- Oil and copper dropped while gold edged higher after President Donald Trump said that he tested positive for Covid-19 with just one month left until the U.S. presidential election. Brent crude slipped as much as 4.8%, slumping sharply for a second day. The global crude benchmark helped drag raw materials lower, with copper touching a seven-week low and crop futures falling. A Bloomberg gauge of commodity spot prices had already fallen about 4% from an early September peak amid a pickup in virus cases around the world, and Trump’s positive result fuels more uncertainty over the election.
- Spot gold added 0.3% to $1,910.96 an ounce, rebounding from an earlier loss and heading for a weekly advance, as the dollar came of the day’s high. Silver climbed 0.9%. Bullion has rallied this year as central banks pumped vast amounts of stimulus into economies to curb the damage from the pandemic. While prices have fallen from August’s record high, the precious metal is still being supported by low interest rates, a resurgence in Covid-19 cases in some parts of the world, and the heightened uncertainty heading into the U.S. elections.
- The last U.S. jobs report before November’s presidential election is projected to show a sharp deceleration in labor-market gains, suggesting the winner will inherit an increasingly shaky economic rebound. Employers probably added 859,000 workers in September following 1.37 million in August — a figure that was boosted by temporary Census hires — according to the median projection of analysts ahead of Friday’s Labor Department data. The jobless rate likely fell only slightly, to 8.2%. Such figures would represent the smallest improvement of the nascent recovery. The pace of future gains could slow further or even reverse: New federal stimulus — which kept businesses and jobless Americans afloat in earlier months of the crisis — is in doubt before the election, major corporations announced job cuts in rapid-fire fashion this week and Covid-19 cases picked up in late September.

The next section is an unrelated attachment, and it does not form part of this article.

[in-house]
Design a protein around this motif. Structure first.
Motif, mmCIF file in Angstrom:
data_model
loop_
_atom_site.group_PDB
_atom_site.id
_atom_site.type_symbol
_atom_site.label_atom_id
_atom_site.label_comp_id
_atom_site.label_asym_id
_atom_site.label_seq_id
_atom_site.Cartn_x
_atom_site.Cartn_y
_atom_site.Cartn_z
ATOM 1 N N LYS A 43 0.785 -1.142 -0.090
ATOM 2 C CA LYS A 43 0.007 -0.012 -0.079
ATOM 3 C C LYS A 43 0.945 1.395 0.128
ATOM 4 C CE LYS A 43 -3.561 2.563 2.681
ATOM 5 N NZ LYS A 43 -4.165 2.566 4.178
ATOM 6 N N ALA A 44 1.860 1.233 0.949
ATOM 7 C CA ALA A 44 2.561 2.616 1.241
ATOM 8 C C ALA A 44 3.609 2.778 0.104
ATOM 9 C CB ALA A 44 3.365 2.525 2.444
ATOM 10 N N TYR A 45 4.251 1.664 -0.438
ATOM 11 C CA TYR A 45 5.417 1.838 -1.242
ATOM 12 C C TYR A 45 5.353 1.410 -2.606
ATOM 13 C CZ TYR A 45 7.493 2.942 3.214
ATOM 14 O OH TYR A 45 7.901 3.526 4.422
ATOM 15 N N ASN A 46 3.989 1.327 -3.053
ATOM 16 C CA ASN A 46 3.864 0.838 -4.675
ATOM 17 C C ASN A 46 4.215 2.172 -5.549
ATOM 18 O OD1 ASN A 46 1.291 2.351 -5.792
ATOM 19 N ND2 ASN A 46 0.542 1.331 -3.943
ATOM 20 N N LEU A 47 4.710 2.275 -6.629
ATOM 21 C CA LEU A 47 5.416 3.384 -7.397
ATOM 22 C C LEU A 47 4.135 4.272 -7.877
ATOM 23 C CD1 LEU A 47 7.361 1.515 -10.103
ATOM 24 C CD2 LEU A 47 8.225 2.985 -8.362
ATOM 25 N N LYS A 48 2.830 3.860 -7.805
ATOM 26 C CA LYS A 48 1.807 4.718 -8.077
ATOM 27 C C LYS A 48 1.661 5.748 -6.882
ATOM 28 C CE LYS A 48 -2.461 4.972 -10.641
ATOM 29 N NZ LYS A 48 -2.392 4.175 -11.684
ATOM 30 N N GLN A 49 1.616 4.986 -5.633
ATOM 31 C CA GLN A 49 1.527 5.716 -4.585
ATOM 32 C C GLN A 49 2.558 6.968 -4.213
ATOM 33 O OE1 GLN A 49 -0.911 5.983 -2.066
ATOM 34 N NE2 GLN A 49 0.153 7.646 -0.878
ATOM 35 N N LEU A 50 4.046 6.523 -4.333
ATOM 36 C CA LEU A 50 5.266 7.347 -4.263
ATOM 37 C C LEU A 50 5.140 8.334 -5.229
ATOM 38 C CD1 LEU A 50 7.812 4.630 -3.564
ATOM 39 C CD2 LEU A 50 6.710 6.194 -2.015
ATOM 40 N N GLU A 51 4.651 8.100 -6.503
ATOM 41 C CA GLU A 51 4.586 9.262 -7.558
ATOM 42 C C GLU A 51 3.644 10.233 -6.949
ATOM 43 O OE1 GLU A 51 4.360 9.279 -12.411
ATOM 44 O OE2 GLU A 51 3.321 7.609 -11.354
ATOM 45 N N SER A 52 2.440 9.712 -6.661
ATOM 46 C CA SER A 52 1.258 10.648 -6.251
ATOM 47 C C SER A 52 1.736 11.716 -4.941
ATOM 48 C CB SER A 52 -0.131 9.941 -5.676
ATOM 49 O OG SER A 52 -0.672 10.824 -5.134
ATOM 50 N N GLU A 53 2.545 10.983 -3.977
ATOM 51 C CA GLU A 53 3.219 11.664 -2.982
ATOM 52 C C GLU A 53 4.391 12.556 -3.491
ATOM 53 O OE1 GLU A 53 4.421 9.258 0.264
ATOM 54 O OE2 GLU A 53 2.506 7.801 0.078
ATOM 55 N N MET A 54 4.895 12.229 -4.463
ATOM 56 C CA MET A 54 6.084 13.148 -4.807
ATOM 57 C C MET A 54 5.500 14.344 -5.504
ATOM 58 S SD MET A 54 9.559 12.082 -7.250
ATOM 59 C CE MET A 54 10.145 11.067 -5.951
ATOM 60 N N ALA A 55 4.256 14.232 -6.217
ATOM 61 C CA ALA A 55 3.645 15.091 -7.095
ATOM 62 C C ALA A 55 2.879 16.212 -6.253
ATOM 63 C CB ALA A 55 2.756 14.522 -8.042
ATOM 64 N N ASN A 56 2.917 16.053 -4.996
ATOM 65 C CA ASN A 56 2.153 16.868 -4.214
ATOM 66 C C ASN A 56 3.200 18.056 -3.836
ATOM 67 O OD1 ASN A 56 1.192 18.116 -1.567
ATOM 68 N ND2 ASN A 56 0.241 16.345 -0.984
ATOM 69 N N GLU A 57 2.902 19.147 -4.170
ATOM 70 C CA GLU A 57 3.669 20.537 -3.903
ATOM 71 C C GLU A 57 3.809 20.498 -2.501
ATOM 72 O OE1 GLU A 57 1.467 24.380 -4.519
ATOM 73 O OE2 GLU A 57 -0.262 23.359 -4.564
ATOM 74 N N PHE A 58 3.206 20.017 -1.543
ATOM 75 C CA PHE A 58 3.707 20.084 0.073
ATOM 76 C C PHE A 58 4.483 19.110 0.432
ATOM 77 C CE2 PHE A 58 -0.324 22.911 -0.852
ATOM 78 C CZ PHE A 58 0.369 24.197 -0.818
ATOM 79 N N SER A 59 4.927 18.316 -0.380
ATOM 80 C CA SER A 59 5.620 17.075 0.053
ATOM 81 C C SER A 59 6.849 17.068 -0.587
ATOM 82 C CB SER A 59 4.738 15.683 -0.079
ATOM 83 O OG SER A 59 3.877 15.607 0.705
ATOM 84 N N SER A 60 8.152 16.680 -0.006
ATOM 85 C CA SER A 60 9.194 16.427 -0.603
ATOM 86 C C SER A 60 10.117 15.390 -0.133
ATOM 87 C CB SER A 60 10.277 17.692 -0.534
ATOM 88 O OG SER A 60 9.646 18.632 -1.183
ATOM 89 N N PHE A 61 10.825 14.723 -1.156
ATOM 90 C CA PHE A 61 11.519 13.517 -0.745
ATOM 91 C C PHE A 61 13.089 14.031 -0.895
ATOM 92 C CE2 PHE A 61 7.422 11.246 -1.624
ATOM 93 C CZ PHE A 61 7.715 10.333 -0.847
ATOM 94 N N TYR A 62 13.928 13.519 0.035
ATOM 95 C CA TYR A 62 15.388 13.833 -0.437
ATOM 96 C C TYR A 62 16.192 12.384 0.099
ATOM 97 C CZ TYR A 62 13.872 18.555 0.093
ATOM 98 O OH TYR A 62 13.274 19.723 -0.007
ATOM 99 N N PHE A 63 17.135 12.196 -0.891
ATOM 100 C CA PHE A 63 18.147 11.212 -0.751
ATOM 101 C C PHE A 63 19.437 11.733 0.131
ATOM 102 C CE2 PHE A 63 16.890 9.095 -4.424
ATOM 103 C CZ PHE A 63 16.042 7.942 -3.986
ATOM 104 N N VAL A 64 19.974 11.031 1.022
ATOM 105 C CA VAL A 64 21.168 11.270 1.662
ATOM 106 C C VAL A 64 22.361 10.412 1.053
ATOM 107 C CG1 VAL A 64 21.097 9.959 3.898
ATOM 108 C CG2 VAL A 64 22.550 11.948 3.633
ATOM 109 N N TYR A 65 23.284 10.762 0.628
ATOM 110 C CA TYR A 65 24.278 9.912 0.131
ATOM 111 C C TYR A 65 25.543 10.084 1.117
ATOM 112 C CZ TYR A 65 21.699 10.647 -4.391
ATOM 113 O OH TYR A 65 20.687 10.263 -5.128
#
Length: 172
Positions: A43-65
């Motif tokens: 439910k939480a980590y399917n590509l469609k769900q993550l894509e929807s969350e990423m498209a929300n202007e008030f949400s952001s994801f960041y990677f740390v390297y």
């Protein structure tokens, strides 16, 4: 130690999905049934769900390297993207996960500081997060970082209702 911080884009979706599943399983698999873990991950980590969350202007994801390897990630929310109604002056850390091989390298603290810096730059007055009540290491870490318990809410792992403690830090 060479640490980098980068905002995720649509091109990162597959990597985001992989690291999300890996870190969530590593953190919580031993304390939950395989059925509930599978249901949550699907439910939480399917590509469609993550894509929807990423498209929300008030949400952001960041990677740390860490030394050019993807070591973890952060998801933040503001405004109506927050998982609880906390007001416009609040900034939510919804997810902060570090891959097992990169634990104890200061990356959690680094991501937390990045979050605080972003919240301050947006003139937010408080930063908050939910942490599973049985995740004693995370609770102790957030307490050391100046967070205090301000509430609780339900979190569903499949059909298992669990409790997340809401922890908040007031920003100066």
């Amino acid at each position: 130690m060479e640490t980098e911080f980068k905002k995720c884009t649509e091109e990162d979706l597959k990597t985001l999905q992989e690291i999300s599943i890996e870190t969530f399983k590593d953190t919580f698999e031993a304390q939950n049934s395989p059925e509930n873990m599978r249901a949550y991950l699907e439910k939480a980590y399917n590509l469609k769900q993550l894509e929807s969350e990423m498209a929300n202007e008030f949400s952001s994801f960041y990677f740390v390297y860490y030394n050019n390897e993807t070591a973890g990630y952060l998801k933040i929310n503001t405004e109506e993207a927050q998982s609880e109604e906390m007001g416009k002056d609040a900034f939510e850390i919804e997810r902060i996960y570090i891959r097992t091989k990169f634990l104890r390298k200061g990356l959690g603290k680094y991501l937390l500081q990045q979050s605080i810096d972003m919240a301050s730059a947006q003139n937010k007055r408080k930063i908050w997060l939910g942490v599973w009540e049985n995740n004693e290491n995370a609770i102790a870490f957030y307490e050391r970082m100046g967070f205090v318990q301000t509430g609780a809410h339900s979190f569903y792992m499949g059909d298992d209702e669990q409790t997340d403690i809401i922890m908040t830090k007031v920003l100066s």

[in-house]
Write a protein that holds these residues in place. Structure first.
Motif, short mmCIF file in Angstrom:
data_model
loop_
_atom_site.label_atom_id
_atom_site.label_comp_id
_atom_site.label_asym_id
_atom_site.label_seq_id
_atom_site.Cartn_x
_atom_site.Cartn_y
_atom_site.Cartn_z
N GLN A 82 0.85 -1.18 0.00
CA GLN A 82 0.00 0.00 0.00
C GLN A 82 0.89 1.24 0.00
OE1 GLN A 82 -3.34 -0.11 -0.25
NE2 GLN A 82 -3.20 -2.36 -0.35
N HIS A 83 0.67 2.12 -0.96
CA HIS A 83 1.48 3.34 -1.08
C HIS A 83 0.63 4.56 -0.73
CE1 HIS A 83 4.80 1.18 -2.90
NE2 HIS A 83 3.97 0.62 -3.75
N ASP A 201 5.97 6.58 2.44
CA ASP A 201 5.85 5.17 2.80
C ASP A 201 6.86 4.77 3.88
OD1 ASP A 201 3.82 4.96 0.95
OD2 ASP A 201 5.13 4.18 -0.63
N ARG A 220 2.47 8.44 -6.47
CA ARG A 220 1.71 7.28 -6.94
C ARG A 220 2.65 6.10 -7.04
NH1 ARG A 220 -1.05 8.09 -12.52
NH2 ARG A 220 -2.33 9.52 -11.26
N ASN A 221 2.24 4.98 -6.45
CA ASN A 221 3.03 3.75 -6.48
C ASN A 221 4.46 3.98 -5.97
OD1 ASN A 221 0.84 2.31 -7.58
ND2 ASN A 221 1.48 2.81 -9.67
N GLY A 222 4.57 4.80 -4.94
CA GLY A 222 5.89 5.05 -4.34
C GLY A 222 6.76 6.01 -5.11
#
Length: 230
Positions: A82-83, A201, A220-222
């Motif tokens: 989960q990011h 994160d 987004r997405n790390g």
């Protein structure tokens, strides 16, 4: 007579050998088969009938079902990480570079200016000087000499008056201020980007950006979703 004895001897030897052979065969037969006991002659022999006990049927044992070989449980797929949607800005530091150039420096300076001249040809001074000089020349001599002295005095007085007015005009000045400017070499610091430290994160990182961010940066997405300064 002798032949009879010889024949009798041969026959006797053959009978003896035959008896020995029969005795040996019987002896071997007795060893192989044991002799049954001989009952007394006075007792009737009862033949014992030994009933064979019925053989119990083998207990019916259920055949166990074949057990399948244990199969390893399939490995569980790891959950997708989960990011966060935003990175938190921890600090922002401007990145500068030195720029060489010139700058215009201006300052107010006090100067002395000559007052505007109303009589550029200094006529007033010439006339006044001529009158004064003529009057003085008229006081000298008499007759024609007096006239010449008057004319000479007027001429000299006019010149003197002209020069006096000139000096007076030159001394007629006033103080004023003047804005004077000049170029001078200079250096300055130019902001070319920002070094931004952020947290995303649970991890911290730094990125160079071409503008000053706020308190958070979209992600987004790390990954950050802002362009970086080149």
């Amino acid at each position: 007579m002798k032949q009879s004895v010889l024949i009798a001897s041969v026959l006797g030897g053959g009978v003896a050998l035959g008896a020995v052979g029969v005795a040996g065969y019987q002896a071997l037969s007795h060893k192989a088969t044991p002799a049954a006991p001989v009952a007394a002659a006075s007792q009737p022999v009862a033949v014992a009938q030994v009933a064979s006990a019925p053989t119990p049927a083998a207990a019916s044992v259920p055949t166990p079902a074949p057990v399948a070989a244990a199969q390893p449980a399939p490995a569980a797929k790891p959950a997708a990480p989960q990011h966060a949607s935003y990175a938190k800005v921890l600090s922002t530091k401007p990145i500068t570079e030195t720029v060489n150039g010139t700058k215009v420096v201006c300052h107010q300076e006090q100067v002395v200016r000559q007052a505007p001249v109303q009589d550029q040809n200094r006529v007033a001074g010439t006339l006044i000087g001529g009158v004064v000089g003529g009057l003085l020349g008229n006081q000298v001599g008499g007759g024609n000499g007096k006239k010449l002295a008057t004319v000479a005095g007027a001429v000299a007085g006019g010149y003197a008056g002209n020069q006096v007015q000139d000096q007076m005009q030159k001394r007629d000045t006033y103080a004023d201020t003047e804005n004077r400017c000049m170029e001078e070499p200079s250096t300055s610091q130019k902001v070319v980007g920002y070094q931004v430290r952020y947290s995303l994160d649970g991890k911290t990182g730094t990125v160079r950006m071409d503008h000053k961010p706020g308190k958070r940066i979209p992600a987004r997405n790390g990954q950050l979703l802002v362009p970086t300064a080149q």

- U.S. stimulus talks remain on life support after the House passed a Democrat-only $2.2 trillion package that did nothing to bridge the gap with Republicans. The 214-207 vote, which garnered no GOP support, followed the most concerted talks between the top negotiators since early August. House Speaker Nancy Pelosi told reporters Thursday evening that she would review documents that Treasury Secretary Steven Mnuchin had sent her to determine where to go next.
- Paris and London are both facing potential new measures to halt the spread of the virus amid rising concerns about infection rates. Germany reported its largest number of new cases since mid-April, while Ukraine and Hungary posted record numbers. Amazon.com Inc. said close to 20,000 of its employees had Covid-19 over almost a six-month period. A $1 billion funding package to help the U.S. Centers for Disease Control and Prevention fight Covid-19 has remained mostly unspent.
- At 7:04 a.m. on an autumn Thursday in Tokyo, the stewards of the world’s third-largest equity market realized they had a problem. A data device critical to the Tokyo Stock Exchange’s trading system had malfunctioned, and the automatic backup had failed to kick in. It was less than an hour before the system, called Arrowhead, was due to start processing orders in the $6 trillion equity market. Exchange officials could see no solution. The full-day shutdown that ensued was the longest since the exchange switched to a fully electronic trading system in 1999. It drew criticism from market participants and authorities and shone a spotlight on a lesser-discussed vulnerability in the world’s financial plumbing — not software or security risks but the danger when one of hundreds of pieces of hardware that make up a trading system decides to give up the ghost.